Disgust is one of the seven universal emotions and arises as a feeling of aversion towards something offensive. We can feel disgusted by something we perceive with our physical senses (sight, smell, touch, sound, taste), by the actions or appearances of people, and even by ideas.
We feel disgusted every day in response to a huge variety of objects and situations. Smelling sour milk, stepping in dog excrement, and seeing a used bandage all elicit feelings of disgust.
However, we may also feel disgusted when we are witness to flagrant racism, and when we are confronted with growing wealth inequality.
Few general things to know about disgust
• It’s a core emotion meaning it tells us something important about how our environment is or was affecting us. We benefit greatly when we learn to listen to core emotions, as opposed to avoiding them as we are taught to do in our society.
• It’s one of the first emotions to have evolved, probably to facilitate survival by immediately expelling something that could make us sick, like a poisonous berry or rotting meat.
• Disgust often comes up in response to poisonous or toxic people, where deep trust and love has been betrayed.
• We naturally feel disgusted in response to someone who has abused us.
• Validating disgust can decrease anxiety and shame from trauma.
• We can sense disgust physically as revulsion, nausea, or as an impulse to get something out of you, like an abuser who has been internalized.
• Disgust has impulses that can be brought into awareness.
• When disgust is processed, the nervous system will reset to calmer and more regulated states of being.
How Disgust Can Become a Problem?
Disgust is a normal part of life, but it can cause enough distress and interfere with things to be a significant problem for some people. Disgust is a component of many different psychological conditions, including generalized anxiety disorder, obsessive-compulsive disorder, and phobias of injury/animals.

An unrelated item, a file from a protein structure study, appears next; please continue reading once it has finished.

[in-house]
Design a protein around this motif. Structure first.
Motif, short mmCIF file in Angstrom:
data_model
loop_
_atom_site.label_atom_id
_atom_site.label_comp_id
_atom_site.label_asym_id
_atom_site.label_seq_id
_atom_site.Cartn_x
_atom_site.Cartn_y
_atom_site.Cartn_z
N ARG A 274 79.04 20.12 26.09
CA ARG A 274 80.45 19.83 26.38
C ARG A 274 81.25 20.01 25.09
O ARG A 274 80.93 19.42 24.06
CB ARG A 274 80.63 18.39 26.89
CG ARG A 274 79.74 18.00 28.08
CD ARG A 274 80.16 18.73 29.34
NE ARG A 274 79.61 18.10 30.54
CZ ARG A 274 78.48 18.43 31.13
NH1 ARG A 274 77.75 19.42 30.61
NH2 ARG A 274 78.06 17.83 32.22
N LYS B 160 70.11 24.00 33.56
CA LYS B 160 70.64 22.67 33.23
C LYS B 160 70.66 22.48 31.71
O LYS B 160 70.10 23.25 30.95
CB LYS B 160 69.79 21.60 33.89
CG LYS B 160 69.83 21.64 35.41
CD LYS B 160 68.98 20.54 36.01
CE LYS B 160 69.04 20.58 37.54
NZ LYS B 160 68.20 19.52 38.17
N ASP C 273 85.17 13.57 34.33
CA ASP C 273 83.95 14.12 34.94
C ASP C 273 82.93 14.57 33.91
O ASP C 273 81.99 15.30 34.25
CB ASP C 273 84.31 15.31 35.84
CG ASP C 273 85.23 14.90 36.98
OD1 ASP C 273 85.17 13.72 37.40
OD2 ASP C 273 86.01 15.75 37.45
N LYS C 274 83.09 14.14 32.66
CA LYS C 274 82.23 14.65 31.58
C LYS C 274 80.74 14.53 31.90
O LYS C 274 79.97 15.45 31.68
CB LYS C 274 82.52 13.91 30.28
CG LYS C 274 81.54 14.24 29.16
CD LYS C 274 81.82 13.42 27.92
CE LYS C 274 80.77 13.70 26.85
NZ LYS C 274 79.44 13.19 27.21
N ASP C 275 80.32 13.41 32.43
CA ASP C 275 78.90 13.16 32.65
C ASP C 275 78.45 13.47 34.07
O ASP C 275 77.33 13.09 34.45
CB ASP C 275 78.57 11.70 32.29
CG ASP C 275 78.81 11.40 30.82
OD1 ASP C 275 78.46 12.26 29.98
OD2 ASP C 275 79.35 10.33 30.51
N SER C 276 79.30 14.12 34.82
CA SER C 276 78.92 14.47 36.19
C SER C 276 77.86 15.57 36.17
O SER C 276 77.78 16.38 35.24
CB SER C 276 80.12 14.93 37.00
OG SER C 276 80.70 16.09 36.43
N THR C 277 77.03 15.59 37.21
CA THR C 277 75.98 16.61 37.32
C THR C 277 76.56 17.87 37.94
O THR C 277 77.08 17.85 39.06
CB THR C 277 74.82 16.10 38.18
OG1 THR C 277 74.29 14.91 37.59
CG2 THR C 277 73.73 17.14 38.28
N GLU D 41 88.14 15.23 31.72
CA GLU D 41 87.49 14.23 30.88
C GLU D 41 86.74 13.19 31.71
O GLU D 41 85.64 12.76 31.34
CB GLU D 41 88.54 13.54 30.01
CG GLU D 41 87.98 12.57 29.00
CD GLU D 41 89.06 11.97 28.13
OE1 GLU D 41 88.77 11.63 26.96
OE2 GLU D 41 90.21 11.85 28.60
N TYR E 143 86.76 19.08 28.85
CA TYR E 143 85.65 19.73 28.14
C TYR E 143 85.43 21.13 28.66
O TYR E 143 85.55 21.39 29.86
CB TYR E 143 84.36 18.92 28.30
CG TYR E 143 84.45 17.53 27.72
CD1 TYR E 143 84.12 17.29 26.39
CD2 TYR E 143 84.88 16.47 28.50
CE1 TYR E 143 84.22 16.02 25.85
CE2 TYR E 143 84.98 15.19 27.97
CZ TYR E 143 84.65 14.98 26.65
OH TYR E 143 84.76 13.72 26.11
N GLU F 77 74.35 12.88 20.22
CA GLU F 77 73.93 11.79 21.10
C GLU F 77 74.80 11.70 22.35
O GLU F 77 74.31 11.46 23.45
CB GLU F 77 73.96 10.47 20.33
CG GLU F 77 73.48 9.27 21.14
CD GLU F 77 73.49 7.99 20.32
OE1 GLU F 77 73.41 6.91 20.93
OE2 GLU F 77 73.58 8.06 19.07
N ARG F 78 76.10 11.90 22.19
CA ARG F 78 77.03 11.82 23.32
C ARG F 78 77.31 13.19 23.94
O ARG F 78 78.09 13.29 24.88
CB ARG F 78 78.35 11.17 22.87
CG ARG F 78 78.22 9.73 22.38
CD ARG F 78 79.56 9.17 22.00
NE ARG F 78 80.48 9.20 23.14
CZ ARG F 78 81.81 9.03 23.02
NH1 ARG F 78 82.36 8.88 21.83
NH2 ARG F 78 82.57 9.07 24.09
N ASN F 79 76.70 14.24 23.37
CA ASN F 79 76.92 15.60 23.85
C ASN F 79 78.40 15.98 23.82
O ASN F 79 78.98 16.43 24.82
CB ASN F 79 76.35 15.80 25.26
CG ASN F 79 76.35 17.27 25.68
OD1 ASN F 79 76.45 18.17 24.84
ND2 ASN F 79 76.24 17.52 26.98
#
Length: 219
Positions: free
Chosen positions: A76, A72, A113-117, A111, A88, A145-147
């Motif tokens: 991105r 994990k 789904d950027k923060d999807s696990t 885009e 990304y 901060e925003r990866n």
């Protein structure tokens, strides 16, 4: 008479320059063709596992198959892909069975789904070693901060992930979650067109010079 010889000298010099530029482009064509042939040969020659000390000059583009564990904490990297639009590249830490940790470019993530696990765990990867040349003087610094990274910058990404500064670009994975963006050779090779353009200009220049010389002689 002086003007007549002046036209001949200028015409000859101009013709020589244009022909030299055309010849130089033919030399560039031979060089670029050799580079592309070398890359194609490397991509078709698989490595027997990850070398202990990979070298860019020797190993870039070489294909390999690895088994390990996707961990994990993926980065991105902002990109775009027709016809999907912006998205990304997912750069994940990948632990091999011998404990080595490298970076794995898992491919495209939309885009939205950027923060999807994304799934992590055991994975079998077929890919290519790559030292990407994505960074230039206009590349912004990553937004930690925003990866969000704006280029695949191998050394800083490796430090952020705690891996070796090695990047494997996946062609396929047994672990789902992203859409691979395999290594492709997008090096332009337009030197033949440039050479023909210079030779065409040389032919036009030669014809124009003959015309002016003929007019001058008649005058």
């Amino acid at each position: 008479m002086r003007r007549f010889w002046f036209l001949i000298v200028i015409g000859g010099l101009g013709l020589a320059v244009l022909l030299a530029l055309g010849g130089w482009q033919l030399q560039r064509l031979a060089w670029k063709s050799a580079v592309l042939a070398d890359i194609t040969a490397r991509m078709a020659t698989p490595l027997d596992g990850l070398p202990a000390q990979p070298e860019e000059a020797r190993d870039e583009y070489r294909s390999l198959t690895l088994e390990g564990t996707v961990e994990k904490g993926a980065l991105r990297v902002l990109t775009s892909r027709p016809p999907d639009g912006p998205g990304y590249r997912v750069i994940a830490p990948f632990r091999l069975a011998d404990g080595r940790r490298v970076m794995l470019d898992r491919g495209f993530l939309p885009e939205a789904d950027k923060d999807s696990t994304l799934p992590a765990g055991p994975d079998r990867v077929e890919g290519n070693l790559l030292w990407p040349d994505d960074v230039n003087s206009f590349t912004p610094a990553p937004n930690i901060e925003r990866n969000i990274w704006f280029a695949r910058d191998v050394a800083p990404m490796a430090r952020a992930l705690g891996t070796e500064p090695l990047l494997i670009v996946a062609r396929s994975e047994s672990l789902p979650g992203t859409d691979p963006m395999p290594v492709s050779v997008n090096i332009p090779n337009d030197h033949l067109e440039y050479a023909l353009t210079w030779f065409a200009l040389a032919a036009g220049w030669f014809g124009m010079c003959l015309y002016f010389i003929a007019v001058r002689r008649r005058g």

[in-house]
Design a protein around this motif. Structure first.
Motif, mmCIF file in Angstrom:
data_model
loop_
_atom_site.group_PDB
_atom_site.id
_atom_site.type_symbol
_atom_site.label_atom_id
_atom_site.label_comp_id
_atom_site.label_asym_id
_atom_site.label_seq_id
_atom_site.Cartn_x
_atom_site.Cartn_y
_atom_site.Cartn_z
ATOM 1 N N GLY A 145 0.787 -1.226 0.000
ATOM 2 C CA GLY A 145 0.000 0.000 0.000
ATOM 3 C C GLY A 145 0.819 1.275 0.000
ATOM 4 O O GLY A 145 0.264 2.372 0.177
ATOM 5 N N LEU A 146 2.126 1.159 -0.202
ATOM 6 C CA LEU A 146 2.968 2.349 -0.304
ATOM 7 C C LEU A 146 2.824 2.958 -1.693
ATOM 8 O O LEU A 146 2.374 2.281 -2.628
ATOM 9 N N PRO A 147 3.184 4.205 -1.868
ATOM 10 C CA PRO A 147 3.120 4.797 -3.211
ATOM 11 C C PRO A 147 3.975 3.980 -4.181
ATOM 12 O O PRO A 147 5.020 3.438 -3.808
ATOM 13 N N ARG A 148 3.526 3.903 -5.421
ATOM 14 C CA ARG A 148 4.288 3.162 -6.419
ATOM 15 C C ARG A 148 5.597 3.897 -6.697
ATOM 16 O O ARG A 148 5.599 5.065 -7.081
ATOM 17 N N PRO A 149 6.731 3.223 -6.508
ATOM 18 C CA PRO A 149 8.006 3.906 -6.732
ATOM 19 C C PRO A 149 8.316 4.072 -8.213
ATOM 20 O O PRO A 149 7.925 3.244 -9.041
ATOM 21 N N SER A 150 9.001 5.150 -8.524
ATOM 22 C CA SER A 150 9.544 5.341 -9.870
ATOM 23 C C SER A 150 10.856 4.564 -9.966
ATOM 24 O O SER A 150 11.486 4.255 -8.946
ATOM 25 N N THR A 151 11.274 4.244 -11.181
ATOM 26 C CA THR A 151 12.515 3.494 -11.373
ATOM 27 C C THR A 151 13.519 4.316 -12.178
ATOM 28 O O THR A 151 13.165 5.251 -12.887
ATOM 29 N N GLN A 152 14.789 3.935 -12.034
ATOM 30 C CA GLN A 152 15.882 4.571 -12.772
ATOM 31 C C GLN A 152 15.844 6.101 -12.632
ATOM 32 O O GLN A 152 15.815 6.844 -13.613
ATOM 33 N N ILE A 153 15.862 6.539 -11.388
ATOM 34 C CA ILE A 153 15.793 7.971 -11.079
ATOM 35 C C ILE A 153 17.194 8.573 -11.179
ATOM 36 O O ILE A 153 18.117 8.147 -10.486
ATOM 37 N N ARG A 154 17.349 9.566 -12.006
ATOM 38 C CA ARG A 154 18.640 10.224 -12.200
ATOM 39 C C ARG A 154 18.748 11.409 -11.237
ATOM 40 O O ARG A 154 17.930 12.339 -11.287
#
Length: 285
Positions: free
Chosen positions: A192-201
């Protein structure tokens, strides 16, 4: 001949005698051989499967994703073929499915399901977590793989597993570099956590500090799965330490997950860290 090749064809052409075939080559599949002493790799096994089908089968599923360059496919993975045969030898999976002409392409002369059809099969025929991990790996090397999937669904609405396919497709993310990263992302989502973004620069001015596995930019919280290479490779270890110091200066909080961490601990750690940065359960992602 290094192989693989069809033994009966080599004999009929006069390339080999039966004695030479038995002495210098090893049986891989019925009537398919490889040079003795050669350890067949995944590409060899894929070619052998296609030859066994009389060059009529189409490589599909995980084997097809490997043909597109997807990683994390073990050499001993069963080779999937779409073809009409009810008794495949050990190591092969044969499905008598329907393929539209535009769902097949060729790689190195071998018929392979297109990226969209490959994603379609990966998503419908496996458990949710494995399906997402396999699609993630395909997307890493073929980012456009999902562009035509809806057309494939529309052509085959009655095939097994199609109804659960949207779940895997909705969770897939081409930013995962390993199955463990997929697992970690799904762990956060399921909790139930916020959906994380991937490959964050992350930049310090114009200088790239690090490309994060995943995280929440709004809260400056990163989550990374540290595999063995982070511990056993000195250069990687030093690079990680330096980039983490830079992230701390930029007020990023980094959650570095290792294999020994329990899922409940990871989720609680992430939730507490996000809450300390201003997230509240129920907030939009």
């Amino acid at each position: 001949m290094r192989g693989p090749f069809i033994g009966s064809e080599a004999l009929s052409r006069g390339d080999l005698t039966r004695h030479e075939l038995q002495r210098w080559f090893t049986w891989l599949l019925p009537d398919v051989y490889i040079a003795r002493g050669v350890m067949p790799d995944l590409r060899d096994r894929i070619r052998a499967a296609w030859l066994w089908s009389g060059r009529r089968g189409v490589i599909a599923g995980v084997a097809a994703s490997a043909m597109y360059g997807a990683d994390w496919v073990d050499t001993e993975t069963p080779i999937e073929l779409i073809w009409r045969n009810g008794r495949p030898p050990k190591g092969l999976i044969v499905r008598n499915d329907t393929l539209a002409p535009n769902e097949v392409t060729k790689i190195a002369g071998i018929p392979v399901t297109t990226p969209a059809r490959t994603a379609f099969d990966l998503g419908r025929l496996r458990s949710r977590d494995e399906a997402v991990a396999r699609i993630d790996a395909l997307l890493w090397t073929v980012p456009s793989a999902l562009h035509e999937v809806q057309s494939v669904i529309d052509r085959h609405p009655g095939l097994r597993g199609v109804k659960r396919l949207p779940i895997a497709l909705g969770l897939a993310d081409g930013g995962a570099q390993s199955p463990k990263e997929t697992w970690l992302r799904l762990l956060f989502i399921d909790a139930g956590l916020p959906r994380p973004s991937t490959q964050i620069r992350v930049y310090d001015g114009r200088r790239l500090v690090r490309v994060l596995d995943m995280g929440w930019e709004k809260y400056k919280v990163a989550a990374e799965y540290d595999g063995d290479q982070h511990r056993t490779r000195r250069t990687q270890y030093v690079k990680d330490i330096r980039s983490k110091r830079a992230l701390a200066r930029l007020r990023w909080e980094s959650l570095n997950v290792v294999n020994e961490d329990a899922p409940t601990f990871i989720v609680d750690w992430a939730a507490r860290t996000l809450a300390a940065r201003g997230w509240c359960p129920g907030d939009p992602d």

People with fears of blood, injury, or needle sticks can experience sudden drops in blood pressure, leading to fainting related to disgust about bodily harm. People with insect, spider, snake, or animal phobias often report a feeling of disgust that is more intense than their feelings of fear.
People diagnosed with generalized anxiety disorder can worry about the cleanliness of objects and keeping themselves and their loved ones safe from illness, injury, and disease. These worries can continue even after proper cleanliness and safety measures are conducted and can cause significant stress.
Persons suffering from Obsessive-Compulsive Disorder can have intense fear reactions triggered by contamination or fears of possible contamination.
People with OCD can spend hours trying to prevent the spread of real or imagined germs, chemicals, or viruses. These fears can become debilitating.
Ways to Deal with the Emotion
Accepting things that we dislike can lower our stress reactions to them. We may never like disgusting things like insects or intense injuries, but the more we struggle against disliking something, the more space it will take up in our minds and our lives. Unlike other difficult emotions, disgust involves very little thinking.
Accepting disgust is primarily a matter of not fighting the sensations and urges to avoid that disgust creates. Until you have the experience of feeling disgusted without struggle, this may seem impossible. Still, with practice, you may be able to feel disgusted without pushing it away.
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